By Jason Salmon
Senior Vice President and Managing Director of Research Kay Properties and Investments, LLC
The basics: If you own investment real estate—that means a rental condo or home, apartment building, a commercial building, raw or vacant land or otherwise—you do not have to pay taxes when you sell the property. Uncle Sam has had section 1031 of the Internal Revenue Code in place since 1921. Also known as a 1031 exchange, this provision allows a seller of property held for investment or business purposes to “replace” their “relinquished” property in a “like-kind” exchange.
Implications of paying taxes: In certain cases, taxes on highly appreciated real estate in high-tax states can pack a pretty mean punch; potentially around 50%. This is comprised of taxes for long-term capital gains (up to 20%), depreciation recapture tax (25%), the net investment income tax (NIIT) that was embedded in the Affordable Care Act (3.8%), and state tax (from 0-13.3% depending on the state you live in).
By the numbers: As an example, if you owned an investment property valued at $1 million that was yielding an annual return of 5%, and when you sold the property and paid the taxes (let’s say 50% for illustrative purposes), you would have been left with only $500,000. You would have to go considerably higher up the risk- spectrum to receive a 10% return in order to receive the same $50,000 of projected income for the year. Many would say, that from a financial standpoint, it is wise to exchange your property, defer your taxes and keep your full $1 million working for you.
Death and taxes: In a 1031 exchange, the real estate basis is being carried forward. It will continue to do so with all subsequent exchanges. When a property owner passes away, their beneficiaries receive a stepped-up basis. This can prove to be quite advantageous when considering estate planning as the capital gains taxes are eliminated.
–Message to the reader– I realize that some of the terms and content in the first part of this article may seem technical. Notwithstanding, if you own investment real estate, this is important. Your CPA and attorney will be familiar with the jargon and with the subject matter. If they are not, find another CPA and/or attorney.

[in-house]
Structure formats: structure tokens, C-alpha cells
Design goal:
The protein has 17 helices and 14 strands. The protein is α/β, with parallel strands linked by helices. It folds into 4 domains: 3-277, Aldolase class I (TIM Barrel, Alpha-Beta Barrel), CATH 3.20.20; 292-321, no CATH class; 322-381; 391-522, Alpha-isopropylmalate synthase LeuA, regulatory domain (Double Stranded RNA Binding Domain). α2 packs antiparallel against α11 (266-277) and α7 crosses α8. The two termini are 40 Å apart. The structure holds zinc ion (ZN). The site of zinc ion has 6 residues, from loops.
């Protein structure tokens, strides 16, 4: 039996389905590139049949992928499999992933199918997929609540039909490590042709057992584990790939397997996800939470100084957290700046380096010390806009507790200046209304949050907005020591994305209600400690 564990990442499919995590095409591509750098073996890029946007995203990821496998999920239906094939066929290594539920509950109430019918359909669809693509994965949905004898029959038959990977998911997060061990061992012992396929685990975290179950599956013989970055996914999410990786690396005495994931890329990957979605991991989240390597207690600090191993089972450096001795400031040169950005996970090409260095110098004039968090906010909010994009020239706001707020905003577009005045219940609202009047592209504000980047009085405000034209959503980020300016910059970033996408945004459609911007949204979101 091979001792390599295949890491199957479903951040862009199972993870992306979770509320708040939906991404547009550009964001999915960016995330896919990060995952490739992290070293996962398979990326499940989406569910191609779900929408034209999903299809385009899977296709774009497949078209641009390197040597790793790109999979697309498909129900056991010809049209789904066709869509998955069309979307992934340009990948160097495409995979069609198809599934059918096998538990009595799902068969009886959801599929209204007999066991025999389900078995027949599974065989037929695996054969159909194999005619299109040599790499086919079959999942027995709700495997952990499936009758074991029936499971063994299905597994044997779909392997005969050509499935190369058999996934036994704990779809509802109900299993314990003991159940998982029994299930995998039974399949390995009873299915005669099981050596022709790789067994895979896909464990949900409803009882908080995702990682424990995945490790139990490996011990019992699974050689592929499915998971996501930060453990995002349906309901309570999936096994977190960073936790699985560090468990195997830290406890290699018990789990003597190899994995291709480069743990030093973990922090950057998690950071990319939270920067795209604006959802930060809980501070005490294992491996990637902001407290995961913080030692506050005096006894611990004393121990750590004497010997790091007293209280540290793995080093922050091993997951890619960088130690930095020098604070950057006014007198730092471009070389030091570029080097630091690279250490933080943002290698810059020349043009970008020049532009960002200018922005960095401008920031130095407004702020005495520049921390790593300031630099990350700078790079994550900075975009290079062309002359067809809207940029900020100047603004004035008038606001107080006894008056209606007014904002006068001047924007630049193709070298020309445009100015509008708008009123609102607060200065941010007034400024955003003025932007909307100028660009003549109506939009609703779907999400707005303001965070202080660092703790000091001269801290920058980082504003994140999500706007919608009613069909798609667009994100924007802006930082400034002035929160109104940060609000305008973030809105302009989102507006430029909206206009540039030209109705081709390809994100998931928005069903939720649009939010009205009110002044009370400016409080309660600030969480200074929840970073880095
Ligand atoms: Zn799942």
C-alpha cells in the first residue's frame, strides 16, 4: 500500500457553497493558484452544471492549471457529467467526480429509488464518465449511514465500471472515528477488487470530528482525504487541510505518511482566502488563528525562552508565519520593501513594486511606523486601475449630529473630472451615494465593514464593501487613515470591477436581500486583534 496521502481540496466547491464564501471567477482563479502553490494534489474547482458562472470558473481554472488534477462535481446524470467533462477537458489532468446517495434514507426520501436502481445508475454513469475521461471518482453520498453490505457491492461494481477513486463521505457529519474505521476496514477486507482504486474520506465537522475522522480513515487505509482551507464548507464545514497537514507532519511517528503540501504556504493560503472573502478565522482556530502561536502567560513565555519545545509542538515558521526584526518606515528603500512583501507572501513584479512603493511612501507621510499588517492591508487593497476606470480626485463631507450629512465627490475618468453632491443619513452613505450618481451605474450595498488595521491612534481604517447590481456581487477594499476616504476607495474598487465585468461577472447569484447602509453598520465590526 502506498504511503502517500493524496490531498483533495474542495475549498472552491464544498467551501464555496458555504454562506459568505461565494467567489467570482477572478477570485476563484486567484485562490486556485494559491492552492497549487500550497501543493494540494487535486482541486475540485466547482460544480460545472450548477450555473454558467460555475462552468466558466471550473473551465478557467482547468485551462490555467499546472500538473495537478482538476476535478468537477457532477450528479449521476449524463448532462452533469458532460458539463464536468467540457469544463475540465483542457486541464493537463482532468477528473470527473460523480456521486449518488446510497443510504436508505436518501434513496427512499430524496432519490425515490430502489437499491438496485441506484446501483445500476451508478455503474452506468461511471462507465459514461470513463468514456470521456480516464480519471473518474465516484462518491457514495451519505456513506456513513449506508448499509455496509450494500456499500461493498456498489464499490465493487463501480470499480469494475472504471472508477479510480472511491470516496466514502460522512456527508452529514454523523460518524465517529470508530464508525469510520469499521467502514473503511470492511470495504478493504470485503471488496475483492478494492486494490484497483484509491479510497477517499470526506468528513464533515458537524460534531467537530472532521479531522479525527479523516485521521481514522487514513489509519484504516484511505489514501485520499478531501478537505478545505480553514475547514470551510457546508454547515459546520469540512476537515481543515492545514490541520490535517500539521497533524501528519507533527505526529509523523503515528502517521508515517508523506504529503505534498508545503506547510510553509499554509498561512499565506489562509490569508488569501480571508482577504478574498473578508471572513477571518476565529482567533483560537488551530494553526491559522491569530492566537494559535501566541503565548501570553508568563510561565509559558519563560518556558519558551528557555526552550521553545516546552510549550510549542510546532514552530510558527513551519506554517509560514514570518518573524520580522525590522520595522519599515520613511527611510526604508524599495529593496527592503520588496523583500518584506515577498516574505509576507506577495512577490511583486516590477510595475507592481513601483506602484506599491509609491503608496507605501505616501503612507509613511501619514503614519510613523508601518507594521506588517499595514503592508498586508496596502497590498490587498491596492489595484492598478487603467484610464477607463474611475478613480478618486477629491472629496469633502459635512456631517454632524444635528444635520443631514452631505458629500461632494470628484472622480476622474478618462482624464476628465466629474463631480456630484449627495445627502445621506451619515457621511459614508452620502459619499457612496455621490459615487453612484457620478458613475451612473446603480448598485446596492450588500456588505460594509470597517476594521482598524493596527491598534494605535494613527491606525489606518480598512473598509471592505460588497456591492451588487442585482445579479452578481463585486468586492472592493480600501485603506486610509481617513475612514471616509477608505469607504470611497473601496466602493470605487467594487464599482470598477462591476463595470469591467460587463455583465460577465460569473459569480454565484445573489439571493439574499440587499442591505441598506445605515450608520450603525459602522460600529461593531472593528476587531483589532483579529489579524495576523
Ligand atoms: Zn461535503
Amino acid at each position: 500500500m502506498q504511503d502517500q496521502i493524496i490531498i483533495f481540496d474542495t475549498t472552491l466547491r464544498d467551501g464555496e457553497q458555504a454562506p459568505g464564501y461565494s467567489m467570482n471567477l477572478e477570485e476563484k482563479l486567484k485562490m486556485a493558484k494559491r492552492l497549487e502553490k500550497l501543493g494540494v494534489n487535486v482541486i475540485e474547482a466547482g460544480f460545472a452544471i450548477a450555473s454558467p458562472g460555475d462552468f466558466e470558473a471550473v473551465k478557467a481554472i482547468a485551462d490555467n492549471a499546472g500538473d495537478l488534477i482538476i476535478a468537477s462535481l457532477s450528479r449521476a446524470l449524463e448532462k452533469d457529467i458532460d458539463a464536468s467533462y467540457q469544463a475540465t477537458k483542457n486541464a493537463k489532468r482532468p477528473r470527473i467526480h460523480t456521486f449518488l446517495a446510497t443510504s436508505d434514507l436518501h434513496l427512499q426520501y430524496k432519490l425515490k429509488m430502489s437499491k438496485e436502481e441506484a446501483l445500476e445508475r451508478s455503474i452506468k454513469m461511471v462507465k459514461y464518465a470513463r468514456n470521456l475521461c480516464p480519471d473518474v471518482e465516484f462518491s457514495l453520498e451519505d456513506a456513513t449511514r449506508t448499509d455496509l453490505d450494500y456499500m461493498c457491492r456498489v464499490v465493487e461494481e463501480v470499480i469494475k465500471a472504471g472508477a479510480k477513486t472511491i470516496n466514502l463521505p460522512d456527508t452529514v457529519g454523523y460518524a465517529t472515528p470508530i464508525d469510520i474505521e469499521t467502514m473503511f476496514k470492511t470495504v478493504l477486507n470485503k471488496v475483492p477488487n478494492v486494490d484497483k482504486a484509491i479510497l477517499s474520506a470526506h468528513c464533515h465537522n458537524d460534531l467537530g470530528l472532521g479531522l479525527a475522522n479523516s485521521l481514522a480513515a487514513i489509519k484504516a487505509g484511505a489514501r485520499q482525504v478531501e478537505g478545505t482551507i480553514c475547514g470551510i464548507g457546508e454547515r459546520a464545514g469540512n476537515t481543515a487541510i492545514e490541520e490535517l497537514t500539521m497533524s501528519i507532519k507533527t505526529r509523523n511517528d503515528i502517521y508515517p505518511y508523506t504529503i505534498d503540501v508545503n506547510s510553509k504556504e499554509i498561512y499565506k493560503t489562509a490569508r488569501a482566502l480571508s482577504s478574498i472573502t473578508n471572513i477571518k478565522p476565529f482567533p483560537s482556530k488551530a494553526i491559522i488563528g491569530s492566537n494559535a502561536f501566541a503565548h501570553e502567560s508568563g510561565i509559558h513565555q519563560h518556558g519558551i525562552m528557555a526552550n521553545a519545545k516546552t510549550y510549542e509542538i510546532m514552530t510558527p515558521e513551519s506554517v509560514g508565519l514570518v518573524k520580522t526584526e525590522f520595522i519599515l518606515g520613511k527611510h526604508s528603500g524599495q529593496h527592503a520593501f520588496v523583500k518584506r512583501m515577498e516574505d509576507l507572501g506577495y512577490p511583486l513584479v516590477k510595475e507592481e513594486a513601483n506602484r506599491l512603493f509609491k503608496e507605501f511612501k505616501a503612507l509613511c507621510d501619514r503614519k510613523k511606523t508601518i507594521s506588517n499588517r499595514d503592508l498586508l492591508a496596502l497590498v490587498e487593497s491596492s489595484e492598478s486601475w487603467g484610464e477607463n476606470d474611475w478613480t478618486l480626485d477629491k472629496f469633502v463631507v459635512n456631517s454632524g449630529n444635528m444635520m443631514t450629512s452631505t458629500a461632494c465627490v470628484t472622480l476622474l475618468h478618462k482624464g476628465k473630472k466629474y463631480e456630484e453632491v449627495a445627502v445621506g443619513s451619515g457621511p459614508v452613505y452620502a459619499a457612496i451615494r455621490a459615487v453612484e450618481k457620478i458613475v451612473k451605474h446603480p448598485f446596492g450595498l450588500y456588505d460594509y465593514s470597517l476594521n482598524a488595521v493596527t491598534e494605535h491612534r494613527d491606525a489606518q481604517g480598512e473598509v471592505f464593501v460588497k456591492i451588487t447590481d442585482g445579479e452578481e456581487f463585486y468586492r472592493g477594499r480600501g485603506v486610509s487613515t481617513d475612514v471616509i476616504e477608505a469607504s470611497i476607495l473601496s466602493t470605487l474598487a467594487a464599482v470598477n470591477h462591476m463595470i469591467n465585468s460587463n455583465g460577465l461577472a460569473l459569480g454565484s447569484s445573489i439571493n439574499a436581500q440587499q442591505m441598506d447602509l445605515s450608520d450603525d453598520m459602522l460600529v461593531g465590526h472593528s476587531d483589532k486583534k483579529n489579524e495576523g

Maximizing value: Many private real estate investors have a buy and hold approach; and this conventional wisdom is a sound strategy. If we look to the institutional real estate investment model (that followed by university endowments, pension funds, foreign governments and real estate investment trusts), the exit is a vital part of how a deal is underwritten. It is tremendously important to seek to sell an asset when opportunity presents itself. Having the ability to monetize your asset and get a potential premium in the marketplace makes sense, especially when a tool as valuable as the 1031 exchange can play a part in taking real estate investing to the next level.
Options: There are several directions to go for real estate investors in a 1031 exchange.
One way is to find an asset with active management responsibilities—that means tenants, toilets and trash. If an investor wants a hands-on property with day-to-day landlord responsibilities, this would be the appropriate way to go.
Another is a passive real estate investment—a net-leased asset, specifically NNN (triple-net) real estate passes through taxes, insurance and property maintenance expenses to the tenant that occupies the property. These types of investments can be attractive, but the investor must be sophisticated and understand the space (i.e., lease negotiations for renewals, how inflation affects value, financing implications, etc.).
There are also truly passive real estate investments that allow those in 1031 exchanges (as well as those wishing to make a direct cash investment) to own a fractional interest in a large institutional asset or portfolio of assets. Utilizing this strategy allows an investor to diversify across multiple asset classes, geographies and asset managers. The structure that is often used for this model is a Delaware Statutory Trust or DST.
Summary: The 1031 exchange is a fantastic tool that many real estate investors have employed for years. It is used for $100,000 transactions; it is used for $100,000,000 transactions—and everything in between. The process can be quite straightforward with the guidance of a professional that has expertise in the space. This topic will be expanded upon in future articles with the hope that you will gain insight on how to make the most of your real estate investments.
Note: The content of this article is not meant to be tax or legal advice. Always consult your CPA and attorney before making any investment decisions.
For more information or feedback, contact Jason Salmon via email at: firstname.lastname@example.org as well as visit the Kay Properties and Investments, LLC website at kpi1031.com
IRC Section 1031, IRC Section 1033 and IRC Section 721 are complex tax codes therefore you should consult your tax or legal professional for details regarding your situation. This material is not intended as tax or legal advice.